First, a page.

Academic: ADHD and lower IQ scores

10

What are consequences of maternal depression to the adolescent?

Behavioral: Affective disorders (depression), anxiety disorders, phobias, panic disorders, conduct disorders, substance abuse and alcohol dependence

Academic: ADHD, LD

11

What are contextual risk factors for worsening parental depression and maladaptive parenting?

1. Marital conflict
2. Stressful life events
3. Limited social support
4. Poverty
5. Lower social class
6. Lower maternal education

12

What is the role of fathers

Can buffer effects of maternal depression in the child

13

What characteristics make the child more resilient

1. Female
2. Easy going and robust temperament
3. Social and cognitive skills to receive positive attention from adults other than depressed mother
4. Understanding of maternal depression

14

What pharmacotherapy options are available?

SSRI and TCA are effective and may be used during pregnancy and lactation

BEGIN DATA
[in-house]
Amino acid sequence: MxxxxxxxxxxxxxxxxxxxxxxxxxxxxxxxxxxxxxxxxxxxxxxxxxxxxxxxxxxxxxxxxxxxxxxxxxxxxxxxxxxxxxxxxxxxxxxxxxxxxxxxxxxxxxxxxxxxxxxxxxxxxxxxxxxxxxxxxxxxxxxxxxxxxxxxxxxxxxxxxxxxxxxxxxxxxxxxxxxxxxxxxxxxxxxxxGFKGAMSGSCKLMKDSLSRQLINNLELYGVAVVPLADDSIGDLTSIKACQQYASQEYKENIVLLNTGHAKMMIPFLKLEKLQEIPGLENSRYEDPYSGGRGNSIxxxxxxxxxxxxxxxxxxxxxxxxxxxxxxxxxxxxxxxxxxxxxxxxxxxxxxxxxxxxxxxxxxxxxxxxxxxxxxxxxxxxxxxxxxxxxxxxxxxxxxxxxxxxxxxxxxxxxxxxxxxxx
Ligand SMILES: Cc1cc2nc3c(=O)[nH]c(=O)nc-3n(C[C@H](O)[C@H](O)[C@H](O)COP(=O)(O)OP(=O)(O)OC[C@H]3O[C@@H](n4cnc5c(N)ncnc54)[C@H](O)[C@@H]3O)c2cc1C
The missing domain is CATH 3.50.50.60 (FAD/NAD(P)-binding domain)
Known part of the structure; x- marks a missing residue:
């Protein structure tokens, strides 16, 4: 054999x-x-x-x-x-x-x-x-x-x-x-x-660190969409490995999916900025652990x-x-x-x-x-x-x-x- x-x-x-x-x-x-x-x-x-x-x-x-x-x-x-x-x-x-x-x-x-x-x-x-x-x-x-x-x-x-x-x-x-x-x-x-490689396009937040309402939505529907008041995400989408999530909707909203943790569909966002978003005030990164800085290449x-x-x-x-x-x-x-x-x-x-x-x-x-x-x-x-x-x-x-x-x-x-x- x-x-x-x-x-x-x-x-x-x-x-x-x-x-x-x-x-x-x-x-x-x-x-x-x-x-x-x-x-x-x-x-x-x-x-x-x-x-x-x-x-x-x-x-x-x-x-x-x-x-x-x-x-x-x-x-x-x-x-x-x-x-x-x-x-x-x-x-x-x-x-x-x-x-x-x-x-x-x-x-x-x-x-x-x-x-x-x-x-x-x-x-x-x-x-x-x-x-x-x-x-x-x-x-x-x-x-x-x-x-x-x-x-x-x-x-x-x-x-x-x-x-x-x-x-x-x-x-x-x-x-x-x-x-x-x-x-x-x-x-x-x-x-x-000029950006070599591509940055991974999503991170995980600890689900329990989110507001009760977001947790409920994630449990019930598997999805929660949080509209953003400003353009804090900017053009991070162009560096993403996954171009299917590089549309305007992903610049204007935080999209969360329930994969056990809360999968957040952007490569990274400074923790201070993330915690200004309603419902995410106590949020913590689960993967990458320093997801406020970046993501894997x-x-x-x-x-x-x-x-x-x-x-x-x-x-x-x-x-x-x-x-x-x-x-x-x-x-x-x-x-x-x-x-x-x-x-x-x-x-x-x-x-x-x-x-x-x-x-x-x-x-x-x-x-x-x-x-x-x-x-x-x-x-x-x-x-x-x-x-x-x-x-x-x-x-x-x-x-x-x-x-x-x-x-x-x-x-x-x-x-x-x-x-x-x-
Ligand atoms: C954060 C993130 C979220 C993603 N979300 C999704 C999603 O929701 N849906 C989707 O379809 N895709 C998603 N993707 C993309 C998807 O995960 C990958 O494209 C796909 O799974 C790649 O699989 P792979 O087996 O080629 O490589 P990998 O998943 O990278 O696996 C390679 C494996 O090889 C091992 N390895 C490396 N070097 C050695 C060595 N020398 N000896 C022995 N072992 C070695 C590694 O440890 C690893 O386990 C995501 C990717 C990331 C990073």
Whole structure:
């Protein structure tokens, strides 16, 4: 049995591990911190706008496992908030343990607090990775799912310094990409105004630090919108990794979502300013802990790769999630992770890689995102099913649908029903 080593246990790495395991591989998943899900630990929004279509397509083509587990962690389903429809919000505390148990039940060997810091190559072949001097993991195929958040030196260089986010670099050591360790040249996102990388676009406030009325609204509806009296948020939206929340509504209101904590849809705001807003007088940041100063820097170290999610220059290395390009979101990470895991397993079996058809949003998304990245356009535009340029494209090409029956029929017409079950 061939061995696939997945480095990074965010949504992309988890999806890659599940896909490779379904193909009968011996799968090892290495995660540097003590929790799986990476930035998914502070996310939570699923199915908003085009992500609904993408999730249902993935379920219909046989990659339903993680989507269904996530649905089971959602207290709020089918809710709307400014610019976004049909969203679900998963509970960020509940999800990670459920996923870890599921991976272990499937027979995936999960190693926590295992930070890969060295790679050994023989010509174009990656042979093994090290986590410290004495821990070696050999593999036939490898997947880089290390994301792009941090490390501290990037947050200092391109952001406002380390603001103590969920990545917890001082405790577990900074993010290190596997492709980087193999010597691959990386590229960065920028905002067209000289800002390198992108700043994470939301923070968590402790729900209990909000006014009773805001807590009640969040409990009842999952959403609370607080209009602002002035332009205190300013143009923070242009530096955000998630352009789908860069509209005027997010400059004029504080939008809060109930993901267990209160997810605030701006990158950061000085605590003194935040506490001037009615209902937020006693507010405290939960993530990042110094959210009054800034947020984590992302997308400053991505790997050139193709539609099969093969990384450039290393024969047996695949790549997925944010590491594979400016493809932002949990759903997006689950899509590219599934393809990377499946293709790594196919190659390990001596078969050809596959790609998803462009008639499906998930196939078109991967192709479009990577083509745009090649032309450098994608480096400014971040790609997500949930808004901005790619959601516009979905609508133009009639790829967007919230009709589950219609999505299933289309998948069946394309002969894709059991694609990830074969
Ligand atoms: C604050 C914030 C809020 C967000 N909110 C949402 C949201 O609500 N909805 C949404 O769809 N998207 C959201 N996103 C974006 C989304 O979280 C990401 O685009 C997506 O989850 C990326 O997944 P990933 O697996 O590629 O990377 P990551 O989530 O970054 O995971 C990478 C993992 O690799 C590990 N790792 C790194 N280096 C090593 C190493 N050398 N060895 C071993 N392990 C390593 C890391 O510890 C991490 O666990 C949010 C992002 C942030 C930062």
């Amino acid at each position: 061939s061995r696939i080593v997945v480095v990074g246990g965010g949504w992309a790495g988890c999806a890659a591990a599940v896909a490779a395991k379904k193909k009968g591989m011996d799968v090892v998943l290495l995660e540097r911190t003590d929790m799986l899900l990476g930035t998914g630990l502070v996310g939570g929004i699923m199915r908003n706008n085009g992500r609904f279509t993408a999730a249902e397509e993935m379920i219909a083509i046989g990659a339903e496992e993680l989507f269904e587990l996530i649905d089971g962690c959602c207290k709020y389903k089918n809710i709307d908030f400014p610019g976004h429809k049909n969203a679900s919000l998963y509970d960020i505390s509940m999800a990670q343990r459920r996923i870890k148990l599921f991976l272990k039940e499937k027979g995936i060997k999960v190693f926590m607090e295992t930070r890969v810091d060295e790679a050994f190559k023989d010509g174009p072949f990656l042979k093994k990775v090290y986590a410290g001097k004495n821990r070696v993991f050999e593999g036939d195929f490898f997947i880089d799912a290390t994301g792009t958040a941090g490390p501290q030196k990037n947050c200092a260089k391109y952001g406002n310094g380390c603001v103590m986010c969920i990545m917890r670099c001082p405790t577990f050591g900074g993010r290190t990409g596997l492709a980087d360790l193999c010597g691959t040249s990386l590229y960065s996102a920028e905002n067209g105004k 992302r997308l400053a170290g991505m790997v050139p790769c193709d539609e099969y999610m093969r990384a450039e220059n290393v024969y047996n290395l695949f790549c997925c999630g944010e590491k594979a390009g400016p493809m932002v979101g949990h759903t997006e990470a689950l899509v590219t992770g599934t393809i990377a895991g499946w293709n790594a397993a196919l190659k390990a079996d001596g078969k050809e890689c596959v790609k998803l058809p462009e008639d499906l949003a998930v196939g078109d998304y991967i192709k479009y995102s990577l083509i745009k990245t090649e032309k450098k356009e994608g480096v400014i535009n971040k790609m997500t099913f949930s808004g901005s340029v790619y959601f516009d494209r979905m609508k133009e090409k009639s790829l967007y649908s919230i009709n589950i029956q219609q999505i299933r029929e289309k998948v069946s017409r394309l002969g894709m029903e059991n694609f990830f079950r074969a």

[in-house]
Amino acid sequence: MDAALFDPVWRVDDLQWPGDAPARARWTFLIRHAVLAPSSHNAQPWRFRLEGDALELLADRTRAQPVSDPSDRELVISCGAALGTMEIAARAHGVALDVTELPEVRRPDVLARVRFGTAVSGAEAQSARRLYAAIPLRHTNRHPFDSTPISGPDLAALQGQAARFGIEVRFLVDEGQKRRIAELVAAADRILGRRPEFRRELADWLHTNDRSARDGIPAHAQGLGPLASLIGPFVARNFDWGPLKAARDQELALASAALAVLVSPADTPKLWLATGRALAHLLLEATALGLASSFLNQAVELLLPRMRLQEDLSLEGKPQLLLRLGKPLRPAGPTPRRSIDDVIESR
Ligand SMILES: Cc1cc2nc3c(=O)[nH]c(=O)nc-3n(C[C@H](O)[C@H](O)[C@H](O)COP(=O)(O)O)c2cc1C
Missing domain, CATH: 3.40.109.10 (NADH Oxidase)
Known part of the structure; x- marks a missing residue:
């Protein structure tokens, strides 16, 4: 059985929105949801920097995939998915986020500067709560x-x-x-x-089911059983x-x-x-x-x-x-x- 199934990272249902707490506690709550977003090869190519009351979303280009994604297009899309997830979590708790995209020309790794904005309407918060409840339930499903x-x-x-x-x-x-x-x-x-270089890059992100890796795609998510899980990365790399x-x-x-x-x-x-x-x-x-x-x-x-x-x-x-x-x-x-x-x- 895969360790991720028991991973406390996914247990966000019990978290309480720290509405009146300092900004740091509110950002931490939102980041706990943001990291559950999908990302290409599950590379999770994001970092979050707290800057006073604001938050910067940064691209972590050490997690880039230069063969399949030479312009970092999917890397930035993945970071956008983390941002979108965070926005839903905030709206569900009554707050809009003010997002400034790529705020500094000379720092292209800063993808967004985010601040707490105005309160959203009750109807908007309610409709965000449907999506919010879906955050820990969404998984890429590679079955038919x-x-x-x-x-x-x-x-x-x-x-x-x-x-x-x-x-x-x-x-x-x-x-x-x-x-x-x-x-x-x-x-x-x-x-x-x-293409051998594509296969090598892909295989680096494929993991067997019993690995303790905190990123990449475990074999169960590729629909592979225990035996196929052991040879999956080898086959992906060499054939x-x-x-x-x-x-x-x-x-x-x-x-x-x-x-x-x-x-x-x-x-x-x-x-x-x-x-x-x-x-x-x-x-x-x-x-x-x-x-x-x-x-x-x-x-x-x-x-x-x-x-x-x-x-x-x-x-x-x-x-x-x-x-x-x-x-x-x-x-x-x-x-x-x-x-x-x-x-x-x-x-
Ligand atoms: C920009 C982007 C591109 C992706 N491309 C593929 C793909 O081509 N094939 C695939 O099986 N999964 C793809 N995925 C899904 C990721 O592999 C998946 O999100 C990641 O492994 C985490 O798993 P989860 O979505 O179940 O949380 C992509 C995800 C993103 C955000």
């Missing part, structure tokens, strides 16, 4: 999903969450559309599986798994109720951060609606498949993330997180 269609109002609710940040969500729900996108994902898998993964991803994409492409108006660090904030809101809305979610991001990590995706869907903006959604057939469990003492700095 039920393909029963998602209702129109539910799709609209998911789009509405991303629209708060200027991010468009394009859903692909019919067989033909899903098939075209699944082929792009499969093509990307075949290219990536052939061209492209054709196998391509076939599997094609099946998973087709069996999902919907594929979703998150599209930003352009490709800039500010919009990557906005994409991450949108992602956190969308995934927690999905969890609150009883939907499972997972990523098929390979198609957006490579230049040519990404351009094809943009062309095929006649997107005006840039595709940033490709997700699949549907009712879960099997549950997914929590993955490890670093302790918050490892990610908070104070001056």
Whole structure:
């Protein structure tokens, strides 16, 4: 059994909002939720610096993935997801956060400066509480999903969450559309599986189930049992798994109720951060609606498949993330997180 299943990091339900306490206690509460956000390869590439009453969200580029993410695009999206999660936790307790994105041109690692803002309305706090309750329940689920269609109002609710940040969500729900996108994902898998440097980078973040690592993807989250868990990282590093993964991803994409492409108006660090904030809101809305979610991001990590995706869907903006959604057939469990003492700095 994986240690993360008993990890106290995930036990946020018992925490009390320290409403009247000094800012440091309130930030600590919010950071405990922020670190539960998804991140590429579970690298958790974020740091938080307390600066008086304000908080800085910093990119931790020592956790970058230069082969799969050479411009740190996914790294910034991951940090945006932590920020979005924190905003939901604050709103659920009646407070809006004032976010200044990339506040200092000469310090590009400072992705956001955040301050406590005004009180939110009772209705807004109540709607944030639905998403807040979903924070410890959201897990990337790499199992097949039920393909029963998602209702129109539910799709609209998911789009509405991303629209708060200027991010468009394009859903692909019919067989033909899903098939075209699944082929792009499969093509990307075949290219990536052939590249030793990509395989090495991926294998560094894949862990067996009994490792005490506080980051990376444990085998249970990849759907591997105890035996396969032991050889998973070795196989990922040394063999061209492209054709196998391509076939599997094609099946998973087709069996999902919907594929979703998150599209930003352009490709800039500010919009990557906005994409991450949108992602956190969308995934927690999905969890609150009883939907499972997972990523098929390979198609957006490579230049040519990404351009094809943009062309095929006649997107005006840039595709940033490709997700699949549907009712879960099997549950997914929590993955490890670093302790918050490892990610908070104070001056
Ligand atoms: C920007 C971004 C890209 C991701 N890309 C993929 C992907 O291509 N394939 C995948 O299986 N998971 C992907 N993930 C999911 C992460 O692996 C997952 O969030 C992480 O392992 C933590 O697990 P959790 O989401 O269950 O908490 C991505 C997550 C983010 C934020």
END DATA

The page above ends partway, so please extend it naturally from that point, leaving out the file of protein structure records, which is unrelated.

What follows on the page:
15

What behavioral options are available?

Social support and home visiting interventions are successful in improving mood

Family therapy can be every effective

Psychotherapy can be effective

St. John's Wort can be effective for mild to moderate depression

16

What are trigger questions to elicit information about postpartum depression?

1. How are you feeling about being a new mother?

2. Are you enjoying your baby?

3. Do you find that your baby is easy or difficult to care for?

4. How are things going in your family?

5. Are you getting enough rest?

6. How is your appetite?

7. During the past month, have you often been bothered by feeling down, depressed or hopeless?

8. During the past month, have you often been bothered by having little interest or pleasure in doing things?

17

What are conclusions?

1. Postpartum depression occurs in approximately 13% of women, and often goes unrecognized. When it is recognized, there is often a long lapse of time between referral and psychiatric evaluation and treatment because of the lack of resources.

2. The infant of a depressed mother is at risk for developing insecure attachment, negative affect and dysregulated attention and arousal.

3. Toddlers and preschoolers of depressed mothers are at risk for developing poor self-control, internalizing and externalizing problems, and difficulties in cognitive functioning and in social interactions with parents and peers.